Eastbound and Downtown

The top 10 restaurants in EaDo.

3. Huynh

Formerly Pho Huynh, Huynh is a family-run establishment that has been serving homestyle Vietnamese cuisine in the East End for over a decade. The warm, modern interior is much more elegant than the restaurant's nondescript strip-mall exterior suggests. Generous portions and a plethora of familiar Vietnamese dining options make this place a popular lunch and dinner destination, and it's widely regarded as one of the best Vietnamese restaurants in the city — not just in EaDo. My personal favorite meal at Huynh is the hu tiu xao do bien, or wide rice noodles that have been smoked and pan-fried before being topped with a medley of seafood and vegetables.

2. The Cajun Stop

Foie Gras Breakfast at Triniti.
Kimberly Park
Foie Gras Breakfast at Triniti.

The Cajun Stop is as close to a real New Orleans po-boy shop as we've had in Houston since Original New Orleans Po' Boy on Main Street closed. Owner Lisa Carnley recently changed the name — formerly Calliope's Po-Boy — to reflect the fact that she — a Cajun girl from Houma, Louisiana — had decided to stop in Houston and make it her home after Katrina. If you find yourself craving a few pounds of plump crawfish or a roast beef po-boy with a generous application of gravy, the festive, friendly Cajun Stop is your best choice.

1. Cafe TH

The old Thiem Hung Bakery was reimagined and reinvented by former patron Minh Nguyen, who bought the place — recipes and all — from its former owners in 2006 and proceeded to update the Vietnamese menu as well as the interior. The result is a vibrant, cozy neighborhood cafe that harkens back to the good old days of a bustling East End Chinatown and evokes a French bistro vibe at the same time (especially on Thursday and Friday nights, when Cafe TH serves a prix-fixe evening menu). In addition to its trademark banh mi, don't miss Cafe TH's dark, rich pho or the hearty beef soup served with French bread, banh mi bo kho. And vegetarians, take heart: Cafe TH offers plenty of vegetarian options as well as vegan pho. Yes, vegan pho.


Growler's Beer & Wine bringing CrafTap system to Montrose.


The craft beer community in Houston doesn't let much slip past them. Growler's Beer & Wine owner Doug Bunze found that out late last year when a few eagle-eyed craft beer fans tracked down the store's Web site and Twitter account after he posted a Craigslist ad about job openings at the upcoming craft beer retail spot.

"The Google spiders haven't even found the Web site yet," Bunze laughed. "You couldn't just Google us." The Web site and the store at 1005 Waugh have since populated into Google as well as Google Maps.

News of Growler's spread quickly on ­Twitter, although the store's Twitter account, @Growlersmontros, had fewer than 200 followers last week and only six Tweets. Look for that number to grow rapidly as opening day approaches, however.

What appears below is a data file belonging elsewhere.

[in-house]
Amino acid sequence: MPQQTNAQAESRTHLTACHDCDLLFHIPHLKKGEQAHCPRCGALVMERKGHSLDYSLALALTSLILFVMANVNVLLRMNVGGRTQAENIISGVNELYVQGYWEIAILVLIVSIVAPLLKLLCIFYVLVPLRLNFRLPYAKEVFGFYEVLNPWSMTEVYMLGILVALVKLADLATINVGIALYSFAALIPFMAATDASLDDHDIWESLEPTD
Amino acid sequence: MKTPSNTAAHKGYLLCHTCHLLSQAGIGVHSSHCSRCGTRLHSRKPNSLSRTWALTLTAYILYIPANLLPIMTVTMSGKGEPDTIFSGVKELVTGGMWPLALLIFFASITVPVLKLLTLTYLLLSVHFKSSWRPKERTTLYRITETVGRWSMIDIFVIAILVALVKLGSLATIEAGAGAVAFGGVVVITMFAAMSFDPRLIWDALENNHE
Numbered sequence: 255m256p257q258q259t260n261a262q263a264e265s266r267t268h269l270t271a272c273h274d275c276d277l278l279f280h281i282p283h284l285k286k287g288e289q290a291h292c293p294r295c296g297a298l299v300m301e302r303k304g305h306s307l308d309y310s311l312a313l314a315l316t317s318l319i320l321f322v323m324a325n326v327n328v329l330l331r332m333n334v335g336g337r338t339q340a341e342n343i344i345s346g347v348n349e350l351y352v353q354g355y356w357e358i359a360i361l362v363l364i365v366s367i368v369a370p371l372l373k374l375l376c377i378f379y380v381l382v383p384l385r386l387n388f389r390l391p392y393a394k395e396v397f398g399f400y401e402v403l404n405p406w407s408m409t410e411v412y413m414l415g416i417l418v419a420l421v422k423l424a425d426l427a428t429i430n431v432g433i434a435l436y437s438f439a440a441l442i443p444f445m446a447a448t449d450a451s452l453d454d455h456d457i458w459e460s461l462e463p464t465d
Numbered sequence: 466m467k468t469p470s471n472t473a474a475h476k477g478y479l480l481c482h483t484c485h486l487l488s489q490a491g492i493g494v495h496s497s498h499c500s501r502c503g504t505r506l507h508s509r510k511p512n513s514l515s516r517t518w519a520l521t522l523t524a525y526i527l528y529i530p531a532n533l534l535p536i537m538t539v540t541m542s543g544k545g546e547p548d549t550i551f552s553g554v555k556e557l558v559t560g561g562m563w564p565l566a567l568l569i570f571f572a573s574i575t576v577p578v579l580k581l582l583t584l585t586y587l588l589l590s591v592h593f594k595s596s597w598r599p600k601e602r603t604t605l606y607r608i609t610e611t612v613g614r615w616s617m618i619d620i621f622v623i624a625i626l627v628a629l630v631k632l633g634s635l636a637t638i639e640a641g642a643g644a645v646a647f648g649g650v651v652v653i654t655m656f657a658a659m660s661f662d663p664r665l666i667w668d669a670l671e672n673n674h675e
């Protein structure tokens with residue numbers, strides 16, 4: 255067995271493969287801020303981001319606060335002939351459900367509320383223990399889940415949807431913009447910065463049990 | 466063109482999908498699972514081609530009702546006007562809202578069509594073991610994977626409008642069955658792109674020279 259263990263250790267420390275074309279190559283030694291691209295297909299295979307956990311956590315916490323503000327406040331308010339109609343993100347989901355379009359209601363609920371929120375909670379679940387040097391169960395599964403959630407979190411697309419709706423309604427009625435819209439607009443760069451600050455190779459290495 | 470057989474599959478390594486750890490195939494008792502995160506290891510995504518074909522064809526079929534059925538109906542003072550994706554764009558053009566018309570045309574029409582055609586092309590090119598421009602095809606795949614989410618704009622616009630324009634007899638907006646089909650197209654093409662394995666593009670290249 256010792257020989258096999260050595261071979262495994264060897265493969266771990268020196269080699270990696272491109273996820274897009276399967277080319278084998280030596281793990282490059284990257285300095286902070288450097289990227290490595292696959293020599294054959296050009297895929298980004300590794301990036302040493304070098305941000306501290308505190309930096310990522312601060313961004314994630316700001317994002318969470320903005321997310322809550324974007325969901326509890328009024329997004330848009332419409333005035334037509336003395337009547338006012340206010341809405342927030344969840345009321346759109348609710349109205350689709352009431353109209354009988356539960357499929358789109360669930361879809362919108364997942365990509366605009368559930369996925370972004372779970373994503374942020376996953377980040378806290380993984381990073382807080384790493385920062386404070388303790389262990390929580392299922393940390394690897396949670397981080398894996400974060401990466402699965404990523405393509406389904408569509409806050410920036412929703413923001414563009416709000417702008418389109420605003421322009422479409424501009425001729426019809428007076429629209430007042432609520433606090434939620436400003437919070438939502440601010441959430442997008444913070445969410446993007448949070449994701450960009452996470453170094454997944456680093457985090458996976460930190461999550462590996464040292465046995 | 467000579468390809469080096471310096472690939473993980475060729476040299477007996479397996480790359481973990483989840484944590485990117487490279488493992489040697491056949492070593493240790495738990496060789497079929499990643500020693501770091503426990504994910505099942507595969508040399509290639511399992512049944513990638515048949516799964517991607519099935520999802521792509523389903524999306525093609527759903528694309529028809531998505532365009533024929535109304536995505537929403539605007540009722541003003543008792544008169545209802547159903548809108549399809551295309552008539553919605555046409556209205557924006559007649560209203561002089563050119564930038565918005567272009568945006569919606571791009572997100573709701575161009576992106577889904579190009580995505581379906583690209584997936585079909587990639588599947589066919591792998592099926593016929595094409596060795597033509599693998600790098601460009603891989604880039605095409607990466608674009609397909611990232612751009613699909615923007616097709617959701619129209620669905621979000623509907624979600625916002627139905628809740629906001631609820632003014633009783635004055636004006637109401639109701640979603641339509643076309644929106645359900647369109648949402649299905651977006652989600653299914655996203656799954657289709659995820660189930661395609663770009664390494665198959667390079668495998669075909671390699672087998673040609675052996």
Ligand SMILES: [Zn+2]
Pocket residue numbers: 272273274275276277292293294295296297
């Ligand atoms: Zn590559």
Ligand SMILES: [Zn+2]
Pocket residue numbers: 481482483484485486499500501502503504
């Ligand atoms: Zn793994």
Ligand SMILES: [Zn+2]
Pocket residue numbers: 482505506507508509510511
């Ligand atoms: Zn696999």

"We are going to concentrate on social media and building a presence there," said Bunze. "The community here is just so passionate. I've already met so many people who are just crazy about craft beer."

Bunze admits his craft beer knowledge is still growing. To help offset that, he plans to staff the store with knowledgeable people who are just as passionate as his customers. "We are going to do it by committee," he said. "I'm not picking what beers go on. That will be up to the employees." He said the store plans on steering clear of beers you can find in the coolers. The store will have a few mainstays but wants to focus on more limited and rare selections.

But the highlight of the new store itself isn't the high-capacity walk-in cooler with its custom steel racks fabricated in-house or the wraparound wood-top bar. The star of Growler's is the CrafTap system it will be using to fill to-go containers.

Similar to a commercial bottling system, the CrafTap uses carbon dioxide to create a counterpressure pour. When beer is poured into a container under pressure, the carbonation in your beer stays in solution, resulting in a pour with very little foam. Additionally, since the CrafTap pressurizes the vessel, your beer is coming into very little contact with oxygen and receives a seal similar to those in commercial bottling and kegging. This, along with heavy-duty plastic caps, "offers a theoretical shelf life of up to a year," Bunze said.

While we probably wouldn't hold onto a growler full of beer nearly that long, it should be stable for extended periods, meaning you'd be free to pick up a half-gallon growler of a very limited beer and not feel obligated to drink it the same day. Think of the possibilities: Pick up three or four gallons of beer over the course of a month, for example, and then have your very own rare-beer house party with fresh draft beer. The store should be receiving its CrafTap fillers — the first and currently only outlet in Texas to use the system — within the week.

In addition to draft beer, Growler's will be stocking bottled beer in several commercial coolers so that you can build your own mix-and-match six-pack. Bunze admitted they haven't gotten pricing nailed down just yet, but look for news soon. And although beer is mostly what we discussed last week, Bunze said the store will not be limited to beer, as the name would imply. It plans to offer wine as well.

« Previous Page
Next Page »
My Voice Nation Help